17 April 2009

Parisian Home Cooking

I know the very mention of clafoutis made you want run right over to your cookbook collection and drag out a French cookbook. Well, here’s one of mine, Parisian Home Cooking: Conversations, Recipes, And Tips From The Cooks And Food Merchants Of Paris by Michael Roberts. No really it is “Michael”, he’s a big old American, who is known for his “California “ cuisine but who doesn’t love Parisian cooking, at home or otherwise? These recipes were gathered from many of Roberts’ friends in Paris and from their mothers and housekeepers. He points out that there are 16 open air markets in Paris – sixteen, seize.

Frankly, you could trip in the street in Paris and find good produce to slap together into a meal. In talking with cooks, cooking teachers and restaurateurs, Roberts found that gender plays an important role in Parisian cooking (and most probably cooking everywhere.) As one teacher tells him, for women, “it is less method and more love,” whereas, men approach cooking as thought it is, “an obstacle to overcome.” And one friend goes so far as to postulate, and I paraphrase, “show me the mirepoix and I’ll tell you the sex of the cook.”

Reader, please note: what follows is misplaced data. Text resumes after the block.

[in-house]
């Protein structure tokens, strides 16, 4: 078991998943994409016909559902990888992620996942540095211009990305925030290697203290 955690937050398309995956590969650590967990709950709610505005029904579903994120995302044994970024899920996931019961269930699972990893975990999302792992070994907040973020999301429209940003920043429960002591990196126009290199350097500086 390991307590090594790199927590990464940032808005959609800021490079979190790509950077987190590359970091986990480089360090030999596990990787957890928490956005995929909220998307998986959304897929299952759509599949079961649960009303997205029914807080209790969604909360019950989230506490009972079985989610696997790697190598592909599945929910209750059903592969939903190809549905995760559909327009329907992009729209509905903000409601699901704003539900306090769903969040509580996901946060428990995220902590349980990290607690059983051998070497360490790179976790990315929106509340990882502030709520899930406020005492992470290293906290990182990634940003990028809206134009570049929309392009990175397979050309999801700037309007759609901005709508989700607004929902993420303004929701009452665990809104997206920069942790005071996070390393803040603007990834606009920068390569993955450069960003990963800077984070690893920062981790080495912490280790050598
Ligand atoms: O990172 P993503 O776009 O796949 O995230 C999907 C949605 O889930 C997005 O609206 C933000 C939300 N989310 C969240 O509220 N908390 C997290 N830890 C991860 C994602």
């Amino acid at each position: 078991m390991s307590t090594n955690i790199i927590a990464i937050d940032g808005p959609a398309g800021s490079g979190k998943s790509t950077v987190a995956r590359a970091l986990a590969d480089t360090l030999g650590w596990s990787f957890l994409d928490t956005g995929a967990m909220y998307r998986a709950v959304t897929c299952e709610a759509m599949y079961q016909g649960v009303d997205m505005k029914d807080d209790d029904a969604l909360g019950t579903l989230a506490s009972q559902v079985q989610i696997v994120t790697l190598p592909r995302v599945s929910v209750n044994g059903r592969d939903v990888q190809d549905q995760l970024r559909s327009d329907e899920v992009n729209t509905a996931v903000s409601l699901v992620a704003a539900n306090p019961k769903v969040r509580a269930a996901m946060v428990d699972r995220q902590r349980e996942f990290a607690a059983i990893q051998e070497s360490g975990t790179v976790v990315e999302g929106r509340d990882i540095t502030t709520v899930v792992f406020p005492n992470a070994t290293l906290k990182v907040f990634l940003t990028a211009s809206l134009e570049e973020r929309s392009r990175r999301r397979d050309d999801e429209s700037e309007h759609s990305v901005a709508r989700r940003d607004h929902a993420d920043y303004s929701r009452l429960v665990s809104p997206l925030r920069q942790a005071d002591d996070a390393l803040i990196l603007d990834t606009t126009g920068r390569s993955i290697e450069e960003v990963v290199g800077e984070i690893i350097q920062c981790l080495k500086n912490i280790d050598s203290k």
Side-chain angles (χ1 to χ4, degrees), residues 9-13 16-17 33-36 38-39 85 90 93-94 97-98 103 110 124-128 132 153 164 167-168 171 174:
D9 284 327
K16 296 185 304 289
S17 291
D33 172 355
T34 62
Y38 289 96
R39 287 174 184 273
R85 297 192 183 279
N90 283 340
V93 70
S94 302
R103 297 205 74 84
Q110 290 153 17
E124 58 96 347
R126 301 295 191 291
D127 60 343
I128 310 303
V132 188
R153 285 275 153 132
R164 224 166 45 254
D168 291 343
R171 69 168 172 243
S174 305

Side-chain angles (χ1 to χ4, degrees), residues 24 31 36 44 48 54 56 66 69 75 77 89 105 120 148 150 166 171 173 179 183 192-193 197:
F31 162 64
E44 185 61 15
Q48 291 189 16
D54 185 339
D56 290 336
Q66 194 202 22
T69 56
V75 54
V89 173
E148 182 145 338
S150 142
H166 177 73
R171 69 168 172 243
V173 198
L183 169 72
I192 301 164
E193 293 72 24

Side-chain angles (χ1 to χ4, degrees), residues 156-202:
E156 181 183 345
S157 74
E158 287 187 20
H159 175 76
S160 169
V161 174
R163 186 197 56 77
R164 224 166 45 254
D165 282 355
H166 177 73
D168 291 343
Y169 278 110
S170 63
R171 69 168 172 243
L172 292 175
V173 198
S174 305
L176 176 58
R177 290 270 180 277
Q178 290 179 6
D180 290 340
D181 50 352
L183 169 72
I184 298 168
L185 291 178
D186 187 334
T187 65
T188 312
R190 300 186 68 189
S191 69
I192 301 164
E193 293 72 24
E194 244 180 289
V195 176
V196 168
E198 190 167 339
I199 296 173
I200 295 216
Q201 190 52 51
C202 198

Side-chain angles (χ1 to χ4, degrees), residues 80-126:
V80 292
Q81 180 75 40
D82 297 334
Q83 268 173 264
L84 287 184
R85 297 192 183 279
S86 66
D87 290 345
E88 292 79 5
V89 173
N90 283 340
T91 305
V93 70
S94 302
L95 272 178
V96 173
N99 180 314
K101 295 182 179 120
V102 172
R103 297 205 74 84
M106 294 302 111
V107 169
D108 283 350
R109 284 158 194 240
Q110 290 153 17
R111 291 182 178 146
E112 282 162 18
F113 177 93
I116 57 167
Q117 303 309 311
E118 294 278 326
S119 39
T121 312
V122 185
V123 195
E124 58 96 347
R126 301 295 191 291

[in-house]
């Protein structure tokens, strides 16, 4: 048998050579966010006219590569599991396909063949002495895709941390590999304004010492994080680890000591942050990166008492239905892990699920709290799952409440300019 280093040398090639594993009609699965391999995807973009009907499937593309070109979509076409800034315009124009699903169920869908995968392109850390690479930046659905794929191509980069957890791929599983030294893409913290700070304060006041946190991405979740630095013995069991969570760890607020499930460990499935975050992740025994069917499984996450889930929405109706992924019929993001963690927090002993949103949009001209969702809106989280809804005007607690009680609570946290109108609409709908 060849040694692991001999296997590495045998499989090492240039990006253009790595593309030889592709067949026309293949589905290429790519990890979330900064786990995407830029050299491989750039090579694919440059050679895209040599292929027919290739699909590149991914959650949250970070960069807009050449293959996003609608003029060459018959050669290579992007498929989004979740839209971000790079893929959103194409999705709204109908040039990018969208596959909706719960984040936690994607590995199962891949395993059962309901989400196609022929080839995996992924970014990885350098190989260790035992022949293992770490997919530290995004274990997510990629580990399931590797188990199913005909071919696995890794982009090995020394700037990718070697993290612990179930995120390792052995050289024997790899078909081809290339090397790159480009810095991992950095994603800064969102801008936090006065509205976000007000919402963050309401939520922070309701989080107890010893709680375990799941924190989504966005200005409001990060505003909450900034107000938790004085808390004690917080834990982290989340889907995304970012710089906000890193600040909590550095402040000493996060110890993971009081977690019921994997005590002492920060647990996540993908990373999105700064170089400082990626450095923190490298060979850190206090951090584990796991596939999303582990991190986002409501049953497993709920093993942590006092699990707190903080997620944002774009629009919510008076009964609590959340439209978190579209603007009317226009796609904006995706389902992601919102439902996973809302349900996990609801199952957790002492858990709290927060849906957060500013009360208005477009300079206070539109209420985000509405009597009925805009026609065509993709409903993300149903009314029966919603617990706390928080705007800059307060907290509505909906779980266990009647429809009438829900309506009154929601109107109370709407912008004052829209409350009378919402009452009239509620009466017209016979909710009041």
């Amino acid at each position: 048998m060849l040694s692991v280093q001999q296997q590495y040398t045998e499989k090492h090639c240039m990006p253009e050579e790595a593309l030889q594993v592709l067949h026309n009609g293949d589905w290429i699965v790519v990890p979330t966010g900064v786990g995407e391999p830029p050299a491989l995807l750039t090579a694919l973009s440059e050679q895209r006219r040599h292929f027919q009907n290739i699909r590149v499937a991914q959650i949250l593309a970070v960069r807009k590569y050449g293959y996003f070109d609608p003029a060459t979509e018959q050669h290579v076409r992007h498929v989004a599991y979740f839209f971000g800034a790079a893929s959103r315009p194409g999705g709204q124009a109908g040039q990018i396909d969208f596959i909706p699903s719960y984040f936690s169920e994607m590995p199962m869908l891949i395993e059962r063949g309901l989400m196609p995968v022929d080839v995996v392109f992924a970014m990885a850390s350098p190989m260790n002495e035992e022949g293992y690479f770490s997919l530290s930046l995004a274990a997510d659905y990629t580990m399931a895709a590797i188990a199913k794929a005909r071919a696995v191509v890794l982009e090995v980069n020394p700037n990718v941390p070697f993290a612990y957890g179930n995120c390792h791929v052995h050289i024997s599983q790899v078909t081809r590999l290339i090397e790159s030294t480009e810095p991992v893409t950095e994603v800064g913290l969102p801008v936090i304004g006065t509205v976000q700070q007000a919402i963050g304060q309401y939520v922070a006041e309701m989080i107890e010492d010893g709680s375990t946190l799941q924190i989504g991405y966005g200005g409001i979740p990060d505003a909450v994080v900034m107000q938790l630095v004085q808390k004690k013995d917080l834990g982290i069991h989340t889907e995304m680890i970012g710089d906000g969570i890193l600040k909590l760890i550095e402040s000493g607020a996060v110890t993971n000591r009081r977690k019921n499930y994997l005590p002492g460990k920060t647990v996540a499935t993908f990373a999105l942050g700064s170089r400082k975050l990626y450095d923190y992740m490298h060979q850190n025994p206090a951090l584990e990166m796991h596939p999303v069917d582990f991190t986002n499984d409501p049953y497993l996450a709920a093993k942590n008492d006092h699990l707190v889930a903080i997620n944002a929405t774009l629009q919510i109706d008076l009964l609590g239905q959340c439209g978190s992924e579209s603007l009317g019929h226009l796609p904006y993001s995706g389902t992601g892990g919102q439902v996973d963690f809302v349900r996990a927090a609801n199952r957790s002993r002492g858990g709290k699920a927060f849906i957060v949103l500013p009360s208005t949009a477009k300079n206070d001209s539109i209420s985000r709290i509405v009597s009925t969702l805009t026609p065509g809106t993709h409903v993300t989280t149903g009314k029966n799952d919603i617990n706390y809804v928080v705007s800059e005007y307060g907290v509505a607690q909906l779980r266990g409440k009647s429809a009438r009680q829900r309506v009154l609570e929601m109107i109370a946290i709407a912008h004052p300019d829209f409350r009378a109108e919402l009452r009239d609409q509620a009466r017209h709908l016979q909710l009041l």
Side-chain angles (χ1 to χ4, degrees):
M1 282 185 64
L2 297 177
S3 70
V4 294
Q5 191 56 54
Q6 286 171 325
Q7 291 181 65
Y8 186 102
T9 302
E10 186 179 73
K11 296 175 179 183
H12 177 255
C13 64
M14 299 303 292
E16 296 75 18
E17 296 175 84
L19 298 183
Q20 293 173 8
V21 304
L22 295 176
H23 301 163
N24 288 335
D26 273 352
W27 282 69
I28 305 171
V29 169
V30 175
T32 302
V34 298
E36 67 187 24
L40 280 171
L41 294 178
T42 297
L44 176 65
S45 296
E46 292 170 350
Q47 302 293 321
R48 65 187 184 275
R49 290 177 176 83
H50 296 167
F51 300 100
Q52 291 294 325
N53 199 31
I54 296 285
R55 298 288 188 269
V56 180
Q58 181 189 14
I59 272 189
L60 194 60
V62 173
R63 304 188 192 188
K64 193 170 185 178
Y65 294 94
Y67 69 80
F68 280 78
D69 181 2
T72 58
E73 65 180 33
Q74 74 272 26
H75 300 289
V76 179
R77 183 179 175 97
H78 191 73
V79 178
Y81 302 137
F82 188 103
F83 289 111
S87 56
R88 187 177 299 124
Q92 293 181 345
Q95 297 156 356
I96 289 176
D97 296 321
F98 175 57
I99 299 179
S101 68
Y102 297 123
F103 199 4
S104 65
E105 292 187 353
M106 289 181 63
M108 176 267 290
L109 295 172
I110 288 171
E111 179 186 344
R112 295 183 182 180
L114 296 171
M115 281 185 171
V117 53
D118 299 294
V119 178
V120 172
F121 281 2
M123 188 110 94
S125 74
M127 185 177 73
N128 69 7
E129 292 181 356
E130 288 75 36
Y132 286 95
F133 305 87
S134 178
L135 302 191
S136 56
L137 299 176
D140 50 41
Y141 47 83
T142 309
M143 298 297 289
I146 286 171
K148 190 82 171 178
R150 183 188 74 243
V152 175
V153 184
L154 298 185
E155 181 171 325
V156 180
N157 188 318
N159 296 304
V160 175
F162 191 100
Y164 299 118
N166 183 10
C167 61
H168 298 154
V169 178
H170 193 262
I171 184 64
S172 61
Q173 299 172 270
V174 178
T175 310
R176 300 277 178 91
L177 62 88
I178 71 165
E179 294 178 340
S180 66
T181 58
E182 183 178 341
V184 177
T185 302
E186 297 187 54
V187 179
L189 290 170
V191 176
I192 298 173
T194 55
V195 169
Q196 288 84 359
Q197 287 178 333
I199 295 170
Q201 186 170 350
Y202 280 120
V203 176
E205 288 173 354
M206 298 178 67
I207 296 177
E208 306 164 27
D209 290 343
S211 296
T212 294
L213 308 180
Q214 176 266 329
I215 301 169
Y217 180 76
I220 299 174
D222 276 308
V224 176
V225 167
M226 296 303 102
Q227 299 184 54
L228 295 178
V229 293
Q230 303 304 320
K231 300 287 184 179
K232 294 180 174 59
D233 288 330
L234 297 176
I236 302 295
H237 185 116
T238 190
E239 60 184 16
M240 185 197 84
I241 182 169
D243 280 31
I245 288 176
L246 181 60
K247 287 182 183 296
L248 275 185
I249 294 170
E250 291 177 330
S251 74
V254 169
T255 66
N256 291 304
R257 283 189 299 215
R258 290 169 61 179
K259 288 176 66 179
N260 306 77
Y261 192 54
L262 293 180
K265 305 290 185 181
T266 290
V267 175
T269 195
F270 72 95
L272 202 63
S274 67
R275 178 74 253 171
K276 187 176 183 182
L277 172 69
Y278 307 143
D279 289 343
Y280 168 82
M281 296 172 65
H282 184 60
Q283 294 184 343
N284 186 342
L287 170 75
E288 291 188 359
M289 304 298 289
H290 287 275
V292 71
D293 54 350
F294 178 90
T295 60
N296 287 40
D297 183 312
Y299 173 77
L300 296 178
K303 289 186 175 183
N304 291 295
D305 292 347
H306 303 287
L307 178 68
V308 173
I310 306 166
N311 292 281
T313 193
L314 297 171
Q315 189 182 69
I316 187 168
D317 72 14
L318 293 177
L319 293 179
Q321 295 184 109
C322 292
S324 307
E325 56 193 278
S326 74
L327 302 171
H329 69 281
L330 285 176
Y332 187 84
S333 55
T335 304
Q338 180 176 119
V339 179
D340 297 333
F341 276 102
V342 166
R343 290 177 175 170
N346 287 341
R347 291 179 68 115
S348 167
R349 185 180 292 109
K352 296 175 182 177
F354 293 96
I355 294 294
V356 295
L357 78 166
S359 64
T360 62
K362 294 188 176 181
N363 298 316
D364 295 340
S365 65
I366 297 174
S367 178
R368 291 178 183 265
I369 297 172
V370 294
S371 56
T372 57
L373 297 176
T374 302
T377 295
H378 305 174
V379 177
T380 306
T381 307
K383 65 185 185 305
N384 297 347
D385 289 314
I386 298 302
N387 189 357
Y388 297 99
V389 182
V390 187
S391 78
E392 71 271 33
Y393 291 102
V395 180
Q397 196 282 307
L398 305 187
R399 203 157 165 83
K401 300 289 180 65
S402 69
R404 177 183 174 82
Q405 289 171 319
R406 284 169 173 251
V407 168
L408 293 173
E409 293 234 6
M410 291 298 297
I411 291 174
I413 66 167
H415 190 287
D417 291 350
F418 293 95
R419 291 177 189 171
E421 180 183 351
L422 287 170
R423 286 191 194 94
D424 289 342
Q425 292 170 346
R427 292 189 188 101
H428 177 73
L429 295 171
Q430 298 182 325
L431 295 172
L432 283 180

Clafoutis aux Cerises

1 large egg
1 large egg yolk
1/3 cup of sugar
1/2 tablespoon all-purpose flour
1 cup heavy cream
3 tablespoon kirsch
4 tablespoons (1/2 stick) unsalted butter, melted
4 cups cherries, stones removed
Confectioners sugar for dusting
Crème fraiche or sour cream for serving

Preheat oven to 400 F. Butter and flour 9 –inch flan ring or round baking dish and set aside on a baking sheet.

2. In a bowl, beat the egg and egg yolk together, then beat in the sugar. Add the flour and mix until incorporated. Stir in the cream, kirsch, and melted butter. Pour the mixture into the flan ring and distribute the cherries evenly over it.

3. Place in the oven until puffed and golden, about 30 minutes. Let cool, then turn the clafoutis upside down onto a wire rack or plate. Then turn right side up onto a serving plate, sprinkle with confectioner’s sugar, and serve, accompanied by crème fraise or sour cream.

Whether you approach it with a love or a mission, whip up a nice clafoutis for your foodie friends.

1 comment:

  1. Only 16 open air markets? If it were one hundred and sixteen, I wouldn't be surprised. There must be a mistake, non????


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